Guess what?  The money you spend on Amazon doesn't go to the Book Fairy and then back to Books & Books, it goes to Seattle.  Meanwhile,  your community in general and Books & Books in particular both languish.  You've used us to play host, cost us time and money, and used our store to advertise on online retailer which really doesn't need the extra exposure.

Don't be surprised to find us less hospitable in the future.    

Thursday, November 4, 2010

I Read This and Loved It

Then I wrote about watching the author read at Books & Books for The Heat Lightning.  Check it out.

It's my first attempt to talk about one book at a time for THL, hopefully start a discussion on race, and sell hundreds of copies of Durrow's book.


Wednesday, November 3, 2010

Book Learnin' Don't Make You Smart

My first interview leaping from restaurants to the book business, the manager of a Barnes & Noble warned me, "People who read are very high maintenance customers because they think they know everything."  I've been a bookseller for ten years.  Cynical as they are, I haven't been able to erase her words from my mind.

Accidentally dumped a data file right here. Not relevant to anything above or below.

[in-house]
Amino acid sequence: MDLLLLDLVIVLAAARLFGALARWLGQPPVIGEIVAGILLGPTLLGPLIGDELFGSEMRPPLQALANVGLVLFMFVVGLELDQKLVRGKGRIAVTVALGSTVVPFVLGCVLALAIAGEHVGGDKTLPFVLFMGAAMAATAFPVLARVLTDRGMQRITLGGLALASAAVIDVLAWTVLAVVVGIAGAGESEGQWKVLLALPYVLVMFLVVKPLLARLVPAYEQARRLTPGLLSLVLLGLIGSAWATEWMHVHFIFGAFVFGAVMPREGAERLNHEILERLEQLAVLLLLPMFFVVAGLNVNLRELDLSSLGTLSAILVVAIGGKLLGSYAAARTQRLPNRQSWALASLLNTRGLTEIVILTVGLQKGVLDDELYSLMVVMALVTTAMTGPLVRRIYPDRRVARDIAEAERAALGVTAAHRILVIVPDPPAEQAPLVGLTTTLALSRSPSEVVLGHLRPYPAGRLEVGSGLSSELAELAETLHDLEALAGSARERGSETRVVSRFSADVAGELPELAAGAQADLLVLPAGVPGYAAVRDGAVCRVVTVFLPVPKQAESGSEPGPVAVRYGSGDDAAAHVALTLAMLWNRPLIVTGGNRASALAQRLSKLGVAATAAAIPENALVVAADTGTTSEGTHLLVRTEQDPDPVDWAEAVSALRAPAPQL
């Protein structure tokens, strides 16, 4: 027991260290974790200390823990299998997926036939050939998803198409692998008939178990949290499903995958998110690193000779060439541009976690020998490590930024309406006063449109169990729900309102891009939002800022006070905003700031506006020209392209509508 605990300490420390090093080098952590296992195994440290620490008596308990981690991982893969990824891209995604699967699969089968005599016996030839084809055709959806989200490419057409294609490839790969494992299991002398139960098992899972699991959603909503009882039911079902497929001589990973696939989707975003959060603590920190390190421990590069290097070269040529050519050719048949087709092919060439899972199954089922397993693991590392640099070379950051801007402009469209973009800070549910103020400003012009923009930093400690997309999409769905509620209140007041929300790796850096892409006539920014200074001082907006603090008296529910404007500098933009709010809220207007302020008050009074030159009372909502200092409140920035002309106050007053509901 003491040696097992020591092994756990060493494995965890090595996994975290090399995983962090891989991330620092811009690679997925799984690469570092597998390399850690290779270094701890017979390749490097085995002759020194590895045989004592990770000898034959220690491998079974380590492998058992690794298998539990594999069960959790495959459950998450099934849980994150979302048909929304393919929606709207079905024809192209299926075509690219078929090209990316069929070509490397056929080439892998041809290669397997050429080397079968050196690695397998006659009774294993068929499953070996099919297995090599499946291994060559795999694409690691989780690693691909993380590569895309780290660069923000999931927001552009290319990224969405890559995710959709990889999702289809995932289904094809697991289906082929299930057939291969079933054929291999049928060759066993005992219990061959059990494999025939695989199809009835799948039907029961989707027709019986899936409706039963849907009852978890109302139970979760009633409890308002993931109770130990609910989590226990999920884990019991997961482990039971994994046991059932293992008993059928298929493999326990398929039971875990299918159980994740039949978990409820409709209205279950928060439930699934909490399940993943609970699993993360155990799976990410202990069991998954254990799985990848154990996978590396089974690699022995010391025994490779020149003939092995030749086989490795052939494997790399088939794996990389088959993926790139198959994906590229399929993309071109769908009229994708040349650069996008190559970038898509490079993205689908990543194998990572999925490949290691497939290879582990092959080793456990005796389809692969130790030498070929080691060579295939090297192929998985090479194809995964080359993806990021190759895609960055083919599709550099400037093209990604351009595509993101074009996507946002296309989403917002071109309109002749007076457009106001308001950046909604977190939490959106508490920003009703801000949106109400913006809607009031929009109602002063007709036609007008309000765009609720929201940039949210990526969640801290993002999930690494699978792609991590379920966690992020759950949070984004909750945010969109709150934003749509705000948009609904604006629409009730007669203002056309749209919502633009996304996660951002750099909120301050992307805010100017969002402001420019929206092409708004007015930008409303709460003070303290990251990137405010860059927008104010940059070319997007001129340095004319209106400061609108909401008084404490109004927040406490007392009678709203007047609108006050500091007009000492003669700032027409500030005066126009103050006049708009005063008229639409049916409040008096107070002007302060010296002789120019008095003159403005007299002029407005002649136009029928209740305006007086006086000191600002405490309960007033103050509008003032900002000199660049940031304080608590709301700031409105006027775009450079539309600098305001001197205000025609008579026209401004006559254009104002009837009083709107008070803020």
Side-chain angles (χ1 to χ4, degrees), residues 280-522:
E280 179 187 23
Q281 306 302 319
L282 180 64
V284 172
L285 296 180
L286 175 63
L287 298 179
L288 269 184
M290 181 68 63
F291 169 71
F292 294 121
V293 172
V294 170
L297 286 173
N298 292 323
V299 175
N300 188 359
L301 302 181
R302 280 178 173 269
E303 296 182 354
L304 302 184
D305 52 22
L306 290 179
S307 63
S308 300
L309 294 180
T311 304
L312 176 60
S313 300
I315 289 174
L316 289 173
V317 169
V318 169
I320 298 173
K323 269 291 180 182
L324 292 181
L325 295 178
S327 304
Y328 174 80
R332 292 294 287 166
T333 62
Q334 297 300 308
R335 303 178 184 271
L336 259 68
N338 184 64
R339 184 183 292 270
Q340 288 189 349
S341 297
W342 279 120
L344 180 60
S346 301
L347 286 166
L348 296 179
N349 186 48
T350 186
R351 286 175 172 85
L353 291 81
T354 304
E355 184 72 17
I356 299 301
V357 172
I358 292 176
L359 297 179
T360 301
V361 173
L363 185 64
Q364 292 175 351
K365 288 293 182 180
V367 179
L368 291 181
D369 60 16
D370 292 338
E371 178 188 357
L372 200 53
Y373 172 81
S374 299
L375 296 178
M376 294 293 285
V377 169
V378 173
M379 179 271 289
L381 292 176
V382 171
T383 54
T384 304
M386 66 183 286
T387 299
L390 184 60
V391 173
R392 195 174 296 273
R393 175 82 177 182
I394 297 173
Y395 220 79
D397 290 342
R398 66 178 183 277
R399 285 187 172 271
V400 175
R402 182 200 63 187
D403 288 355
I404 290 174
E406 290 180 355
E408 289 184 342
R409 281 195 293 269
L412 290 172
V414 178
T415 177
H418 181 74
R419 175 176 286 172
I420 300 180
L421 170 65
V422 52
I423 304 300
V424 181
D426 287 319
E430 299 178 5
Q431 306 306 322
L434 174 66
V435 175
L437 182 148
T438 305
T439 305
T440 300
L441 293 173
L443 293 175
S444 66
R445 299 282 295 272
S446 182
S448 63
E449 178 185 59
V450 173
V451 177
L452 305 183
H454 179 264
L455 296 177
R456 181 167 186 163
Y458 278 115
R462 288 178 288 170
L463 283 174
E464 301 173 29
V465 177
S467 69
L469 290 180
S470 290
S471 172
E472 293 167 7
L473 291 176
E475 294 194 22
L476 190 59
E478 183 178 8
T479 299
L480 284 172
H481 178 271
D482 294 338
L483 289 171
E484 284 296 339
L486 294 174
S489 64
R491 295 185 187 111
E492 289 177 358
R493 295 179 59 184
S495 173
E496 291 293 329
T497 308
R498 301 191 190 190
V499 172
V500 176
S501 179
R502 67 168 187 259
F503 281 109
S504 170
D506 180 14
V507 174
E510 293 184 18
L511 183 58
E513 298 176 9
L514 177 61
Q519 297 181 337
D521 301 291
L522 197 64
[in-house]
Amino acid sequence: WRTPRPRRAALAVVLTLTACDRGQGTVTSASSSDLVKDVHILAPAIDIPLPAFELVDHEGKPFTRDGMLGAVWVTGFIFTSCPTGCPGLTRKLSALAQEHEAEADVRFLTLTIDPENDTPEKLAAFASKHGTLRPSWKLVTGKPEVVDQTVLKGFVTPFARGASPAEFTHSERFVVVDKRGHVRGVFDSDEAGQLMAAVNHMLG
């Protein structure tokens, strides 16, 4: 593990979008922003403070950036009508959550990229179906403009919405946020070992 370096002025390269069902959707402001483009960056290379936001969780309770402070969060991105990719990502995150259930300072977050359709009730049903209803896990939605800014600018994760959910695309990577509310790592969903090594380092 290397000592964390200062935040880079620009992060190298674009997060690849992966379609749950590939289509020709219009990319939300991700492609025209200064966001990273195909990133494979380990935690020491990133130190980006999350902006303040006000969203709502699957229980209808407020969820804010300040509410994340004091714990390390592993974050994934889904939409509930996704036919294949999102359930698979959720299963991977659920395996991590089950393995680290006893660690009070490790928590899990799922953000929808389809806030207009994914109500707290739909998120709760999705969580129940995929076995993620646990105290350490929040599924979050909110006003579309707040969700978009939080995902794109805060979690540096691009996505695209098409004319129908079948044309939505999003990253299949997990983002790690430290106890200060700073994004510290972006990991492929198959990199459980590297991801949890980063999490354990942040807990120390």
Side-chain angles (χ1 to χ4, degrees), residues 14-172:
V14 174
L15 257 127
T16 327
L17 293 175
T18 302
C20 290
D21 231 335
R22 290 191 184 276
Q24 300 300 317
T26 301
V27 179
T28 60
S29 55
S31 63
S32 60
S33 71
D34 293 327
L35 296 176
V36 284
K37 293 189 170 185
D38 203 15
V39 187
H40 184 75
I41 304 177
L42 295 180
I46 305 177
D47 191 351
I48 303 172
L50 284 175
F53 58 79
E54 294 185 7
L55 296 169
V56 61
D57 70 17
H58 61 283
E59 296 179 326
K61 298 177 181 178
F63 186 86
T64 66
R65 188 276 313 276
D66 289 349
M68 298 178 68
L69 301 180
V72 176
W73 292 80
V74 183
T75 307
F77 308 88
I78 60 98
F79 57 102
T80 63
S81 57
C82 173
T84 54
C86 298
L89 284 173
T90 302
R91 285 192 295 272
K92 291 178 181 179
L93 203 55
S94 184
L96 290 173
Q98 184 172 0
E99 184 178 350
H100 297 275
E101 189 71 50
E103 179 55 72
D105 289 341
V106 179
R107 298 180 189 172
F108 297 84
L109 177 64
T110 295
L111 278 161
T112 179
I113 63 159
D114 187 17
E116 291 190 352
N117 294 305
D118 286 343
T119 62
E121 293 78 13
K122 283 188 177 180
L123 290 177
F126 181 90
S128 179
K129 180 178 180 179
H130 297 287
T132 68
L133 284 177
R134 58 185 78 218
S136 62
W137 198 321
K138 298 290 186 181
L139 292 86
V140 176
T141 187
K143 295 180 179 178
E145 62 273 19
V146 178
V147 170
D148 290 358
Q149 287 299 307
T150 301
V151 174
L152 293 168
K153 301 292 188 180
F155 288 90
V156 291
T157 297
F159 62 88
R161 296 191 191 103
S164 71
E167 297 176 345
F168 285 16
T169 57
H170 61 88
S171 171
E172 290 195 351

Whether readers are smarter than non-readers or we just think we are, and whether Books & Books shoppers are smarter than the average reader, we get our fair share of clueless customers.  Of course, I use the term "customer" very loosely.  According to Webster's, a customer is someone who pays for goods and services.  

Depending on whose head count you believe, 500-700 people showed up to hear Ingrid Betancourt in conjunction with the Florida Center for the Literary Arts and Miami Dade College.  Books & Books gave out 600 free tickets.  I think 700 was suggested because it was Standing Room Only, but I doubt every single seat was filled.  Let's say that for a book event, this was a Hell-a-ton O' Folks.  It's an industry term.